Foodie News

Austin chefs battle in a seafood showdown: Texas pride, national rep on the line

Austin chefs battle in a seafood showdown: Texas pride on the line

Great American Seafood Cookoff in New Orleans Plating
Chefs Rich Taylor and Kimani Williams plating food for the judges. Photo by Kristi Willis
Great American Seafood Cookoff in New Orleans Chef Rich Taylor
Chef Rich Taylor preparing bouillon. Photo by Kristi Willis
Great American Seafood Cookoff in New Orleans Court Bouillon
Seafood stew on the stove. Photo by Kristi Willis
Great American Seafood Cookoff in New Orleans Plating Final Touches
Chefs Taylor and Williams plating food for the judges. Photo by Kristi Willis
Great American Seafood Cookoff in New Orleans Plating 2
Preparing the judges' plates. Photo by Kristi Willis
Great American Seafood Cookoff in New Orleans Judges Plate
The final judge's plate. Photo by Kristi Willis
Great American Seafood Cookoff in New Orleans Plating
Great American Seafood Cookoff in New Orleans Chef Rich Taylor
Great American Seafood Cookoff in New Orleans Court Bouillon
Great American Seafood Cookoff in New Orleans Plating Final Touches
Great American Seafood Cookoff in New Orleans Plating 2
Great American Seafood Cookoff in New Orleans Judges Plate

Chefs from 14 states battled it out in New Orleans this past weekend to become the king or queen of the 10th Annual Great American Seafood Cookoff. Chefs Rich Taylor and Kimani Williams of Austin's Quality Seafood Market represented Texas this year at the cavernous Morial Convention Center.

The Texas duo prepared a dish aptly named the Texas Two Step, pairing a seafood stew with black drum and shrimp with a cilantro-lime, crab-salad-topped shrimp cake. The competition, started by the National Oceanic Atmospheric Administration (NOAA) as a way to highlight sustainable, domestic produce, brought together some of the country's best chefs who showed off seafood from their states.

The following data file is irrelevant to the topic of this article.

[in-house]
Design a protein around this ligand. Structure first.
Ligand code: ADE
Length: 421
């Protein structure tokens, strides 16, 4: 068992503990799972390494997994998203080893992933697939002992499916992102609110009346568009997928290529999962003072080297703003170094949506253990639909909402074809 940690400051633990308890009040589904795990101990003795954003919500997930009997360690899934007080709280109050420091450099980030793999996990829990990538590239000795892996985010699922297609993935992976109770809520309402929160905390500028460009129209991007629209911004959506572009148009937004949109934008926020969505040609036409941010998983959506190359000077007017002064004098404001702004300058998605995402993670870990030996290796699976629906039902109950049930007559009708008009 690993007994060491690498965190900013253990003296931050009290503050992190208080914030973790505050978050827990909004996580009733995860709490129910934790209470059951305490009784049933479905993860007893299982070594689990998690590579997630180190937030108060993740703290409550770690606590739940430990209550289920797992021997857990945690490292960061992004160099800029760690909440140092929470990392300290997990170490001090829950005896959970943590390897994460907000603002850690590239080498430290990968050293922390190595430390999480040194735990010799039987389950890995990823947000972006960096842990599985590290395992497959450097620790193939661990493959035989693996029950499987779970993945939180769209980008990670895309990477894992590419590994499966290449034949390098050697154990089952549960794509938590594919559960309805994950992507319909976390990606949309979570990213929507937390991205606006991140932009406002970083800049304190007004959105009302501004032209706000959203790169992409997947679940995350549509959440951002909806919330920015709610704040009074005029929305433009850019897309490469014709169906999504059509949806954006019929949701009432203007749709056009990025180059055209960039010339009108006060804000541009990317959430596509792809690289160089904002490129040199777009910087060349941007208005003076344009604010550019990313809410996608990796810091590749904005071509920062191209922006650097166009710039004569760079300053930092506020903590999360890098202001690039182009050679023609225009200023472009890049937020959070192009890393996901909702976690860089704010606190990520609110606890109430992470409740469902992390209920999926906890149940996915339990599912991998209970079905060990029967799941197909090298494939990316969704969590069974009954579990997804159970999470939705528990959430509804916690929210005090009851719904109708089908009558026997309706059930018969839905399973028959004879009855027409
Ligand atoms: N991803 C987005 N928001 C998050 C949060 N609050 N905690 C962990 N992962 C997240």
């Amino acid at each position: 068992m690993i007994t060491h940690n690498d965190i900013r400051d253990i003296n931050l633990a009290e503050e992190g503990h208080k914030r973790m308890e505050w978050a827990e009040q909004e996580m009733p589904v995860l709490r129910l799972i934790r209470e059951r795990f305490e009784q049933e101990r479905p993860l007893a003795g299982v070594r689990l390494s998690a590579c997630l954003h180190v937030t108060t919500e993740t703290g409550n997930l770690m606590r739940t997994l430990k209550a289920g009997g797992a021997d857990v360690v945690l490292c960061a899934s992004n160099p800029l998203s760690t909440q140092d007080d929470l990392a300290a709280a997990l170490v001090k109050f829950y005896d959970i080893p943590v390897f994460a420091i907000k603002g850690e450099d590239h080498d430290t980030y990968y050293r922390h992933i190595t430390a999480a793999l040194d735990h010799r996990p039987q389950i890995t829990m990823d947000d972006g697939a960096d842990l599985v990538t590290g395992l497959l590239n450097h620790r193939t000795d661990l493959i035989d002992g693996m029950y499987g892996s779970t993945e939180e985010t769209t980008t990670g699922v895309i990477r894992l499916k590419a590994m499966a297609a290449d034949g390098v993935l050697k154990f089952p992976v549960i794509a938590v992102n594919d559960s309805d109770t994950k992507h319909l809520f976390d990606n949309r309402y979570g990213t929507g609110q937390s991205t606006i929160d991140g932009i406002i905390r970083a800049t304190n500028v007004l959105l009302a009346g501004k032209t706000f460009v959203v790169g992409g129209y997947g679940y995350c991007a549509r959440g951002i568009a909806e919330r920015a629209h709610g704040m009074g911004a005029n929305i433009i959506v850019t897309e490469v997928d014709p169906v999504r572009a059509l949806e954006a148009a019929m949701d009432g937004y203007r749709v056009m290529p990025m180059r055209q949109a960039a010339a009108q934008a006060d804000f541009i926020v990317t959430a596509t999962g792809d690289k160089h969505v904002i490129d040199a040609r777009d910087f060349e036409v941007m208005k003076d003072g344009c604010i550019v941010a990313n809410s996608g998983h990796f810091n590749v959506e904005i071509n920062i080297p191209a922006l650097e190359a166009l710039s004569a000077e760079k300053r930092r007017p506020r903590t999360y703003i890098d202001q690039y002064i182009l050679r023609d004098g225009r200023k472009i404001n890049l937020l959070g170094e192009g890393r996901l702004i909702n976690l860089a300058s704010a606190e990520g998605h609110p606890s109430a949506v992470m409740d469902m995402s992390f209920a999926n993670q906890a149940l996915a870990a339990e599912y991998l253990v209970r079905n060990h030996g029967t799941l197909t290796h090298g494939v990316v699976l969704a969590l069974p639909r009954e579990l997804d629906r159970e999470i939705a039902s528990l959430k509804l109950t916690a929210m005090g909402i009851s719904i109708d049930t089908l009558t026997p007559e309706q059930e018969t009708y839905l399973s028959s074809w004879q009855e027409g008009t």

The chefs from Quality Seafood initially developed three recipes and held several private tastings before finalizing their dish.

The winner of the event serves as a spokesperson for NOAA, with the opportunity to travel and work with chefs across the country.

Getting the dish to the plate in the short, one-hour cooking time was just half the battle. Some states held cookoffs to pick their chefs, and all the teams spent months developing their final dishes.

The chefs from Quality Seafood initially developed three recipes and held several private tastings before finalizing their dish.

“It was fun to incorporate feedback from our friends and customers to combine the elements for the final dish,” Quality Seafood owner Carol Huntsberger says. “It’s a thrill and an honor to be here, showcase our chefs’ talent and let them shine.”

The Texas team worked well together, effortlessly navigating the small and challenging makeshift kitchen under the pressure of the clock. Working from two stainless steel tables, the chefs did their own two step as they worked two burners and several cutting boards to prepare the two-part dish.

They did have to navigate a few tense moments. Williams had to replace the butane on the burner while cooking the shrimp cakes, and Taylor struggled to get the whipped cream dispenser working, finally turning to the whisk.

Then Taylor wowed the crowd and the hosts by infusing applewood smoke into the bowl to flavor the cilantro cream, an elevated culinary move for a fast-paced contest. Taylor and Williams finished plating with a minute to spare and looked relieved as their dishes were delivered to the judges.

The Louisiana team had a clear home-state cheerleading advantage, but the crowd whooped and hollered for each state as the clocks wound down to the final seconds. It helped that the Texas team had Williams’ family (he grew up in Louisiana and relocated to Austin after Hurricane Katrina) rooting them on. 

In the end, Mississippi chef David Crews of Six Shooter Land & Timber won the cookoff with his Southern Nicoise salad. Regardless of the outcome, Texas’ star shone bright in New Orleans, and Quality Seafood walked away proud.